Critical reading is an important aspect of intensive reading and is a process whereby you read to understand and evaluate the information. It’s a crucial step for source selection. You want to ensure that you are using quality evidence in your assignments, and you do this by selecting high-quality sources.

In brief, critical reading includes:

  • Establishing the broader context of the article, including that the authors or organisations that are responsible for the information are credible and the purpose behind the source.
  • Confirming any key pieces of information through lateral reading, especially if you find the information surprising or it doesn’t fit with the rest of your research.

Questions to consider

As you read, there are several questions that you should keep in mind. They are introduced briefly in this section and explored in further detail below.

  • Who wrote the information? Can you establish their credentials? Does the information fall within their area of expertise?
  • Are the views/opinions/theories expressed backed up by valid and thorough research?
  • What was the broader context in which the work was created? Was there something happening, locally or globally, that may have influenced the point of view (e.g. events like COVID-19, Black Lives Matter, regional/global instability, etc.)?
  • Who is the intended audience? For example, is it a textbook intended for university students? Or is it an article aimed at researchers with 10+ years’ experience in the field?
  • Where was it published? For example, an article on wellbeing that has been published in a psychology journal will have a different focus than one published in a marketing journal.

Evaluating sources

While keeping the above questions in mind, the key consideration when deciding whether to include a source in your assignment is whether the author and the information is credible.

One of the easiest ways to evaluate a source is through lateral reading, which is the process of validating an author’s claims and conclusions by looking for confirmation or support from other sources. When lateral reading, you check facts, arguments or background information included in a source by performing quick searches in a search engine like Google to establish whether the information can be verified. If it is, your confidence in the trustworthiness of the information can increase.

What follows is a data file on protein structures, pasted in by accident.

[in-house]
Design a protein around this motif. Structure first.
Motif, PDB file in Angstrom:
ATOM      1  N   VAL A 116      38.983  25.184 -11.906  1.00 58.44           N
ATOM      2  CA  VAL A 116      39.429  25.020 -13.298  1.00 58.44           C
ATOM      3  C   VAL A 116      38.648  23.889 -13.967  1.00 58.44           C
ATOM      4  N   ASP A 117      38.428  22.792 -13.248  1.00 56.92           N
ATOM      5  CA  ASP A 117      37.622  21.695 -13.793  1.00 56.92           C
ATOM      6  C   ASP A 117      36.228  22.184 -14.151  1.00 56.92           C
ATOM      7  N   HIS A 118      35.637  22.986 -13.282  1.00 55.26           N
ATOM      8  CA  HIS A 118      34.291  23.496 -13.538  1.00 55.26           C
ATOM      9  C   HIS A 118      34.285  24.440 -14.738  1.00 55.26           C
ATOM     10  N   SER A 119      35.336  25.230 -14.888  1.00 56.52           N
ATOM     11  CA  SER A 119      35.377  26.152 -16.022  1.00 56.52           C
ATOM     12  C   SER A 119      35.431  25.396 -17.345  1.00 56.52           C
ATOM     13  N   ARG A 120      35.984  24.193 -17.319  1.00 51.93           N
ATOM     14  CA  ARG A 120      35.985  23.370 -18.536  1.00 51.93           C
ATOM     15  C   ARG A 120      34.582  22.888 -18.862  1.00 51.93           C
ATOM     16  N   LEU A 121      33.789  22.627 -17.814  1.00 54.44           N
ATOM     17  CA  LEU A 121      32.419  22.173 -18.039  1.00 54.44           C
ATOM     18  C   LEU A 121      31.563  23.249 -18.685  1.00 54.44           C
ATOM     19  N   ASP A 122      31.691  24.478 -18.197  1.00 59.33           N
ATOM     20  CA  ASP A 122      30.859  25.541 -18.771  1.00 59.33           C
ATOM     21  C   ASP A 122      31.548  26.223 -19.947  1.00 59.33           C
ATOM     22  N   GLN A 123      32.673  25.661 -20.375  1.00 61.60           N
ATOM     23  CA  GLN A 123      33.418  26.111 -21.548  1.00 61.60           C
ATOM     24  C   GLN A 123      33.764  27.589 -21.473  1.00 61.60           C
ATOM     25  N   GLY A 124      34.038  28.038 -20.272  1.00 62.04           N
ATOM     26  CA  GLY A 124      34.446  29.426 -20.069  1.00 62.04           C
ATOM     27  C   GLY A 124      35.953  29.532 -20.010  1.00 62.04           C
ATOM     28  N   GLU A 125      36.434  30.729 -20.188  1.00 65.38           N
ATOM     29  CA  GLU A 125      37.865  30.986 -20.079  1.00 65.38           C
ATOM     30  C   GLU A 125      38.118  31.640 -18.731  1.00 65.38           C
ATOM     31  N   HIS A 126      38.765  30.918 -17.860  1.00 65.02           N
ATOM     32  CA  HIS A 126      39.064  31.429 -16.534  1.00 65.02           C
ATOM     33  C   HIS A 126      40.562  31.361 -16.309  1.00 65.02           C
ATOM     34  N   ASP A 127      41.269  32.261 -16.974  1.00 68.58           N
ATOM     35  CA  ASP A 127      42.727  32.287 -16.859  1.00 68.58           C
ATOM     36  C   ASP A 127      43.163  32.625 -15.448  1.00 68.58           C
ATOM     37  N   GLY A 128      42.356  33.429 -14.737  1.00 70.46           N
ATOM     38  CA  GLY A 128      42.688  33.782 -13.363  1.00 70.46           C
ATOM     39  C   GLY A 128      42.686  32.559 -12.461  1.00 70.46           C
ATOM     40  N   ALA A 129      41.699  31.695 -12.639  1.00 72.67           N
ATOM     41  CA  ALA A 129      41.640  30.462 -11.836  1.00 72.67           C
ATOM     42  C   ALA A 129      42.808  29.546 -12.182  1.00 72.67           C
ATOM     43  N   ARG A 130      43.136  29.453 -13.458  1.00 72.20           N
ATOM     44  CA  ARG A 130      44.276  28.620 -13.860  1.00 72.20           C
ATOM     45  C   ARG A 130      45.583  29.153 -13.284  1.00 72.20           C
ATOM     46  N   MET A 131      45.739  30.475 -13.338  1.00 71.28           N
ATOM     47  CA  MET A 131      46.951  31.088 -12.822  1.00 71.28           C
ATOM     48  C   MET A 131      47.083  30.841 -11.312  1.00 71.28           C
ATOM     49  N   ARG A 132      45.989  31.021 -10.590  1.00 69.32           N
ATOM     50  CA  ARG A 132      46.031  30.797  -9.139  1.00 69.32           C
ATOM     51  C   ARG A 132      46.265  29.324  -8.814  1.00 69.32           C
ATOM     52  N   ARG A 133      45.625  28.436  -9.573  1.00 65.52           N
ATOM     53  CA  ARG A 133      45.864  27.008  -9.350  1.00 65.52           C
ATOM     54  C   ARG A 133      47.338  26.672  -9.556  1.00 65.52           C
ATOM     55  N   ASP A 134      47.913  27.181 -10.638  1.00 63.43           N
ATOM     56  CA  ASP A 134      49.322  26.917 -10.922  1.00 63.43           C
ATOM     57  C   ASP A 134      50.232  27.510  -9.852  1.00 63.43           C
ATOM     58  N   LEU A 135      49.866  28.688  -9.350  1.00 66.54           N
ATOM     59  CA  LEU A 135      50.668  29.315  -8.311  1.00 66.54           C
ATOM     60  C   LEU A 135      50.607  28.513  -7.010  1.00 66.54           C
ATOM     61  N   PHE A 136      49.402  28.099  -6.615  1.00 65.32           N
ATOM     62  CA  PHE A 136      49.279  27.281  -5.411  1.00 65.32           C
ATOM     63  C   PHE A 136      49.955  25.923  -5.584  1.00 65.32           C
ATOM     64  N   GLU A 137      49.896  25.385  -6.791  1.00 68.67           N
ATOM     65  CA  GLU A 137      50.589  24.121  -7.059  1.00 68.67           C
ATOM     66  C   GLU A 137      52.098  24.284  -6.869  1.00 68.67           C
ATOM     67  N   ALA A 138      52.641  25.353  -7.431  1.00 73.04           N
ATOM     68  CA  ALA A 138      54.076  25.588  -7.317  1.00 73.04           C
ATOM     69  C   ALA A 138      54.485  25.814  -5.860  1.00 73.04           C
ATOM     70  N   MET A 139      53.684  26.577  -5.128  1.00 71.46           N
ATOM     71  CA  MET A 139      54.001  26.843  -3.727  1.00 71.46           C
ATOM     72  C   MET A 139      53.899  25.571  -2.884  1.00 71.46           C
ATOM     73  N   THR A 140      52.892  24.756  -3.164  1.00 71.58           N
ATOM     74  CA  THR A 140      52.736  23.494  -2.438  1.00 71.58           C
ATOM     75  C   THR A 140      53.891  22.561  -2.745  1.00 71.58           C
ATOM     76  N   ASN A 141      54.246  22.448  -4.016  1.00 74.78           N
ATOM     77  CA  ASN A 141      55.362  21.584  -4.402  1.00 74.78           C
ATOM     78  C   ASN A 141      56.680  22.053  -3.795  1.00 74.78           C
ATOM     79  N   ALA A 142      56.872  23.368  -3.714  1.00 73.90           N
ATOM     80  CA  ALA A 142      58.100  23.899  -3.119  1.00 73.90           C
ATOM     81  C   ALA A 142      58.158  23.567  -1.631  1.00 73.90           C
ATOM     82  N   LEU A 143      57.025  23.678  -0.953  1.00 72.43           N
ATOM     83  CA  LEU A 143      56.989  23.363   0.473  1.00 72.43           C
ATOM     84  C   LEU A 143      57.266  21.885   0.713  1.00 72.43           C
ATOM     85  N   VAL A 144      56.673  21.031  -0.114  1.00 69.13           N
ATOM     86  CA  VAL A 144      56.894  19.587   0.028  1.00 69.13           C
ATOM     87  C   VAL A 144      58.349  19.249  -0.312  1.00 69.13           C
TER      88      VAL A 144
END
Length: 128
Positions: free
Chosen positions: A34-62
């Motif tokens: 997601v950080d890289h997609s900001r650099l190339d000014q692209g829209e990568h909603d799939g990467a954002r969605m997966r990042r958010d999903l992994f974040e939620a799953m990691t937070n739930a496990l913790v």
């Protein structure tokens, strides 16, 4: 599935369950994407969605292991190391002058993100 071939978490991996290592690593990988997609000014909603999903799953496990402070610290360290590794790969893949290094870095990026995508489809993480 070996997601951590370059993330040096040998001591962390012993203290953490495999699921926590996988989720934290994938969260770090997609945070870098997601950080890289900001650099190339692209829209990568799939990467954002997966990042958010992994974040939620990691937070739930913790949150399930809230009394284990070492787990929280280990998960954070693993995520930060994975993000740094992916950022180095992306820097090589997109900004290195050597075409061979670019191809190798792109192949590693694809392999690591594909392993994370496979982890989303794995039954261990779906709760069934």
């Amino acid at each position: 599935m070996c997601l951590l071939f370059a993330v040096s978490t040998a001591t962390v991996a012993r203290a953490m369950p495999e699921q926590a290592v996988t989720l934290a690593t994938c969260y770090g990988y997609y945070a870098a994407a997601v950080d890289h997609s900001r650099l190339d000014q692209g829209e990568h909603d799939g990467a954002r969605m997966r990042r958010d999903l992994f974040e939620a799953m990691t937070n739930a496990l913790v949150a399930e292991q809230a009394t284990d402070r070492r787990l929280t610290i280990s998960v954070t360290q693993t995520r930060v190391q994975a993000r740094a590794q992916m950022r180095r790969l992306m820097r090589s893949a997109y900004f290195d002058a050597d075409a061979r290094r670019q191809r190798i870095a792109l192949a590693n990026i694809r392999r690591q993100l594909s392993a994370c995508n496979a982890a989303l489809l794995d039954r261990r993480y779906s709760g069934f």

Wikipedia, information published by credible news organisations, or reports published by trusted organisations can all be useful tools in this process. Watch the video below to learn more about lateral reading to evaluate information.

When reading laterally, consider the following:

Perform an assessment of the author or organisation responsible for the information.

  • Are they suitably qualified to be writing on the topic?
  • Is there evidence of any bias or a conflict of interest?
  • Why was the content created? Is its purpose to inform, persuade, entertain or sell a product? Only giving one side of the story or using emotive or incendiary language could suggest a goal to persuade or manipulate a reader.


  • Look up the author/organisation on social media sites like LinkedIn, ResearchGate or Twitter(X) to establish credentials and their interest in the topic.
  • A general Google search may lead you to interviews, personal blogs or their affiliation to specific organisations, as well as press reports related to research grants, potential controversies or other relevant material. The search will help you establish the author/organisation’s credibility, as well as their motivation for exploring the topic.

You may want to confirm any key statistics or explore in more depth any information that surprises you.

CHECK: Perform a Google search to check specific information. Has the research been cited in other studies? Have the statistics been included in news or organisation reports? If they have, is the additional source disputing any aspects of the information?

For example, in your research, you discover a statistic reported by the World Economic Forum 2023 that 40% of all working hours could be impacted by AI’s like ChatGPT. Performing a Google search for ‘40% of working hours lost to AI’ confirms a number of sources reporting that same statistic, as well as the original source of the information.

For some research areas, the timeliness of the information will be important and many assignment briefs will note a timeframe of publication that is acceptable. You need to know when the information was published or updated.

CHECK: If you cannot easily locate a publication date on the source, or if you’re not sure whether specific statistics or case studies are current, perform a quick Google search to see if you can find additional sources that provide this information